What's the difference between Found, Erasure, Blackout and Redacted Poetry?
Updated: Jun 20, 2019
Since it’s growing popularity in recent years thanks to Austin Kleon and other artists; the art of creating poetry from existing text has bore several names: blackout poetry, redacted poetry, found poetry, and erasure poetry. These poetry forms are similar; yet not all the same. Keep reading to understand the difference between these poetic forms and types. If you’re interested in learning more about Redacted Poetry, read my full pick up a copy of my book, Redacted Poetry Journal: Create Blackout Poetry by Destroying the Classics.
What's the difference between blackout, erasure, found, and redacted poetry?
Visually stunning and poetically striking images of poems derived from existing text flood Instagram and Pinterest everyday. Hashtags #BlackoutPoetry, #RedactedPoetry, #FoundPoetry, and #ErasurePoetry; seem to be used interchangeably. However, each of these words is not a synonym for the other. Let's break it down...
Here are the differences and similarities between blackout poetry, redacted poetry, erasure poetry, and found poetry.
First Up, Blackout Poetry and Redacted Poetry. This one’s easy, Blackout Poetry and Redacted Poetry is the same type of poetry. The name used is typically based on the creators preference. Regardless, the creator (writer, poet, artist), takes a piece of text (e.g. page from a book, magazine, or newspaper), and removes text; hence the name “redacted” or “blackout”. The end results when read in sequence is a poem consisting only of the surviving words from the original text. Redacted Poetry is rooted in Found Poetry.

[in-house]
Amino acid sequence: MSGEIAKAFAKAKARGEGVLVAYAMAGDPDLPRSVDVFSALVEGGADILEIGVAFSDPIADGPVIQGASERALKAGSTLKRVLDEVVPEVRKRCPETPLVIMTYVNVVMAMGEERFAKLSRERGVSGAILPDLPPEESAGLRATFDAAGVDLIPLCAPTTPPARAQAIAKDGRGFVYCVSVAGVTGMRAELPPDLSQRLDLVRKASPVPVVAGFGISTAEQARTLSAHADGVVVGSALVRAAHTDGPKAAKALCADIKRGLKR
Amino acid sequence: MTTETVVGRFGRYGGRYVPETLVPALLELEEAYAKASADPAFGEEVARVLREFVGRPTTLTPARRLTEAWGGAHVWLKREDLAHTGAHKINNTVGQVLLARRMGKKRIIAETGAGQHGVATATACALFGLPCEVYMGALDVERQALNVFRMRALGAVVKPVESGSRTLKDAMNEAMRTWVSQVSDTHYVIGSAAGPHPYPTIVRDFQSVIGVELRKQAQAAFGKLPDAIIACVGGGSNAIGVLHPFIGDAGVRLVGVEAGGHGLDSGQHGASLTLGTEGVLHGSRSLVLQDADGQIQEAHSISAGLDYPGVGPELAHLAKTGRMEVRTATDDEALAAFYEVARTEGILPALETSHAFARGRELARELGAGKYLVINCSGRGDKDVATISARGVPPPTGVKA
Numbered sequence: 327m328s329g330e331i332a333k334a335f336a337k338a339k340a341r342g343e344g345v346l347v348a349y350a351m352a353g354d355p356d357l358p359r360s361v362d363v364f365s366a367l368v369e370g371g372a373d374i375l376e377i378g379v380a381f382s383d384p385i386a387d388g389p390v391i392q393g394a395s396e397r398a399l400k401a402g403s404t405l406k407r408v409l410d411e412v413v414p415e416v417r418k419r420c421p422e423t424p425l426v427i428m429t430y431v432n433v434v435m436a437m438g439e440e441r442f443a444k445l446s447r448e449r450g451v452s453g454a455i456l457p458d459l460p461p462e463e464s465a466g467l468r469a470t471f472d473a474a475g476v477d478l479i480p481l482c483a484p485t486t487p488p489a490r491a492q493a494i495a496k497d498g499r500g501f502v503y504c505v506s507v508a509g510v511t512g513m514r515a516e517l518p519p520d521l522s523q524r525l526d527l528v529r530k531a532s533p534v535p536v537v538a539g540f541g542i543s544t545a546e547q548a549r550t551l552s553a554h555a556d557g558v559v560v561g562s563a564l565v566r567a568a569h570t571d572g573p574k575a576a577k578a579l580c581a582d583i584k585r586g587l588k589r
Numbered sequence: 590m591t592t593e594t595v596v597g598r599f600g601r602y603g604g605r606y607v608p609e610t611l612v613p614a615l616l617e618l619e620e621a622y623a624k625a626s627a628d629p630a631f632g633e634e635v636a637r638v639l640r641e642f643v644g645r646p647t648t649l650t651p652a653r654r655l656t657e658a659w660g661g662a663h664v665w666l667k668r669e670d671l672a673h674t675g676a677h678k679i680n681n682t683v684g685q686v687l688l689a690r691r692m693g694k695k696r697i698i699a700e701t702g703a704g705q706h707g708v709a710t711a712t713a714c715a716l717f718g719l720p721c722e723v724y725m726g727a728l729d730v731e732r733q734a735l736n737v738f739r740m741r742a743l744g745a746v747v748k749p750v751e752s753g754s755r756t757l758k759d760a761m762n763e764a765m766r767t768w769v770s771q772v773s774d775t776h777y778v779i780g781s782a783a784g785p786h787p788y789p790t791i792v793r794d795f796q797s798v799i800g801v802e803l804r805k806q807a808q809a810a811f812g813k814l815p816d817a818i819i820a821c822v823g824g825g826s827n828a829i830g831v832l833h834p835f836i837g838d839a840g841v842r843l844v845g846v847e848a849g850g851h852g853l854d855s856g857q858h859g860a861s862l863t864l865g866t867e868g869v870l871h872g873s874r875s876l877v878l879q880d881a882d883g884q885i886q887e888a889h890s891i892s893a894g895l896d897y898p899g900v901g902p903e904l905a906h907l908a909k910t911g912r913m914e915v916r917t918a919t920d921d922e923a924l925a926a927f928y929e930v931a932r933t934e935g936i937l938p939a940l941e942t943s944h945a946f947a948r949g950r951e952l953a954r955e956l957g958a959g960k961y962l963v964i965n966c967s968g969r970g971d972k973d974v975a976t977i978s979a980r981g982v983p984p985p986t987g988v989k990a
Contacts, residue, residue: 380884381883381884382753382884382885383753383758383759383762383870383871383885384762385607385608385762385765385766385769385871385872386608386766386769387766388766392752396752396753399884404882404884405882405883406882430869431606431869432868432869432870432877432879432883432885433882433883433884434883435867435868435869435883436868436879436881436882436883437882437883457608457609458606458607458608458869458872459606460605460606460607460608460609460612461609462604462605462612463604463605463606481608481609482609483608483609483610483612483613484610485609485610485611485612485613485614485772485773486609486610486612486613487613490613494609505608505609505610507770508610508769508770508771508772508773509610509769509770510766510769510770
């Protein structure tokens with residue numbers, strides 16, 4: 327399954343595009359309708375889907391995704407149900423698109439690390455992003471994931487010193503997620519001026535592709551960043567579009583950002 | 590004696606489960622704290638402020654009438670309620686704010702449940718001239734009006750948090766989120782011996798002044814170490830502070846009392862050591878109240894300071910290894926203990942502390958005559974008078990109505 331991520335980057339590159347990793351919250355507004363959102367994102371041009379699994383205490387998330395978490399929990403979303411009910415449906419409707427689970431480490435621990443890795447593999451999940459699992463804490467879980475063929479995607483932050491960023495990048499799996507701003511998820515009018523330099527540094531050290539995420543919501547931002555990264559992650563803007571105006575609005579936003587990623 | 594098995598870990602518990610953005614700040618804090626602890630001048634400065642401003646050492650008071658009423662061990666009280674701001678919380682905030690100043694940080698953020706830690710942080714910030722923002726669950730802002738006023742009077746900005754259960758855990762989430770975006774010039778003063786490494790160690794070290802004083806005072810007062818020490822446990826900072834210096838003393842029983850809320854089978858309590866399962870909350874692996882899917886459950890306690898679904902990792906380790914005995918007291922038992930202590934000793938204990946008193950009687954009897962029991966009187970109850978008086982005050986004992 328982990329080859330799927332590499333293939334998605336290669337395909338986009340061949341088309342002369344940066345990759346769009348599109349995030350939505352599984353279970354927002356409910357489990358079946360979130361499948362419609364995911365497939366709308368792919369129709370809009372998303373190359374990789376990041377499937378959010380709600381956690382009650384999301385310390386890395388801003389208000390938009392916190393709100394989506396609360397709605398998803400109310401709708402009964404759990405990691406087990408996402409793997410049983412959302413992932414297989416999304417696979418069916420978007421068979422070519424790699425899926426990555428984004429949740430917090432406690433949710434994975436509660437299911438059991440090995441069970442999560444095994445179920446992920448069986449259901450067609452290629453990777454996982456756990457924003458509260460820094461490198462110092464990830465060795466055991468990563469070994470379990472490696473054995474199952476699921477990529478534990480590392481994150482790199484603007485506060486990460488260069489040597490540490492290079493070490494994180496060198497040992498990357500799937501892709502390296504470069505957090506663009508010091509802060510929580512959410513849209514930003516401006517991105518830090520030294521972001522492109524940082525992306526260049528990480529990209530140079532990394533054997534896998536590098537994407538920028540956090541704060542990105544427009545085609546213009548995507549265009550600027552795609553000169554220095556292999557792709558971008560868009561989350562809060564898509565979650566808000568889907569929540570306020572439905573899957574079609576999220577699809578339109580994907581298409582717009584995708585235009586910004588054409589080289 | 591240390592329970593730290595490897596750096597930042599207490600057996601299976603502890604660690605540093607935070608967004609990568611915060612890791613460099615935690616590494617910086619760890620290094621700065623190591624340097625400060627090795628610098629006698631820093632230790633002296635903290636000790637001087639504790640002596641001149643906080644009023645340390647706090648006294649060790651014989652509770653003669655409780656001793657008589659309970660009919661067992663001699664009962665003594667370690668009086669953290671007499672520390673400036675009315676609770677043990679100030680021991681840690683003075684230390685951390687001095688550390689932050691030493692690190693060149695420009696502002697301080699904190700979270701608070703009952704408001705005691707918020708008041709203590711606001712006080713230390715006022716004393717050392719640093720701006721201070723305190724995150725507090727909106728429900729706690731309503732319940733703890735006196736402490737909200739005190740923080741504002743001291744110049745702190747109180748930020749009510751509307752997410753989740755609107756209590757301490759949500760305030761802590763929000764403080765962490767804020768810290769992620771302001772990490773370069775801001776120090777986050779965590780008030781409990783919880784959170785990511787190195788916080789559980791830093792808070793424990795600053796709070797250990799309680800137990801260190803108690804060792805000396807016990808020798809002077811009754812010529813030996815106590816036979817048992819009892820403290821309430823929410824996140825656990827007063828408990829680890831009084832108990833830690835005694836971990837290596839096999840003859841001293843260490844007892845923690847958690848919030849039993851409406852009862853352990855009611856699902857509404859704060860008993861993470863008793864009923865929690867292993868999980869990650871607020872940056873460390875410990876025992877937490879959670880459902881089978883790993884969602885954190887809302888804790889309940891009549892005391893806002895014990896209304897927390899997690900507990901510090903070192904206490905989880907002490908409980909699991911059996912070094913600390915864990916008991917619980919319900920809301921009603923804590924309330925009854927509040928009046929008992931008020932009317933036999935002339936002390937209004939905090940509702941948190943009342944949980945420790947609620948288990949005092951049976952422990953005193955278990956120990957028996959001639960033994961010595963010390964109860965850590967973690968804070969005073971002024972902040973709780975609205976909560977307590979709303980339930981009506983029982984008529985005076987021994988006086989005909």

Now for the brother of blackout poetry, Erasure Poetry. Like blackout or redacted poetry, erasure poetry is also a form of found poetry. Erasure poetry is created by erasing words from existing text and framing the result on the page as a poem. The final presentment is where erasure differs from redacted poetry. Erasure poetry typically features the remaining text arranged in lines or stanzas. Whereas redacted poetry is deliberately created by not altering the placement, position, or sequence of words.
Below you will find the definitions of the artistic poetry forms and types mentioned above. Learn more about redacted poetry including it’s origin, influences and creators, and how to create your own blackout poetry by reading the Redacted Poetry Blog Series.
Erasure - a form of found poetry or found object art created by erasing words from an existing text in prose or verse and framing the result on the page as a poem. The results can be allowed to stand in situ or they can be arranged into lines and/or stanzas.
Found poetry - a type of poetry created by taking words, phrases, and sometimes whole passages from other sources and reframing them as poetry (essentially a literary collage). By making changes in spacing, lines, and lines, adding or deleting text, the final found poetry work bears an entirely new meaning; not related to nor plagiarizing the original text.
Blackout Poetry (Redacted Poetry) - stems from found poetry and is characterized by the use of a marker (usually black marker) to existing text (e.g. newspaper, magazine, book, etc.) and redacts words until a blackout or redacted poem is formed.
Learn more about redacted poetry including it’s origin, influences and creators, and show to create your own blackout poetry by following Offbeat Poet on social.
Cheers to creativity!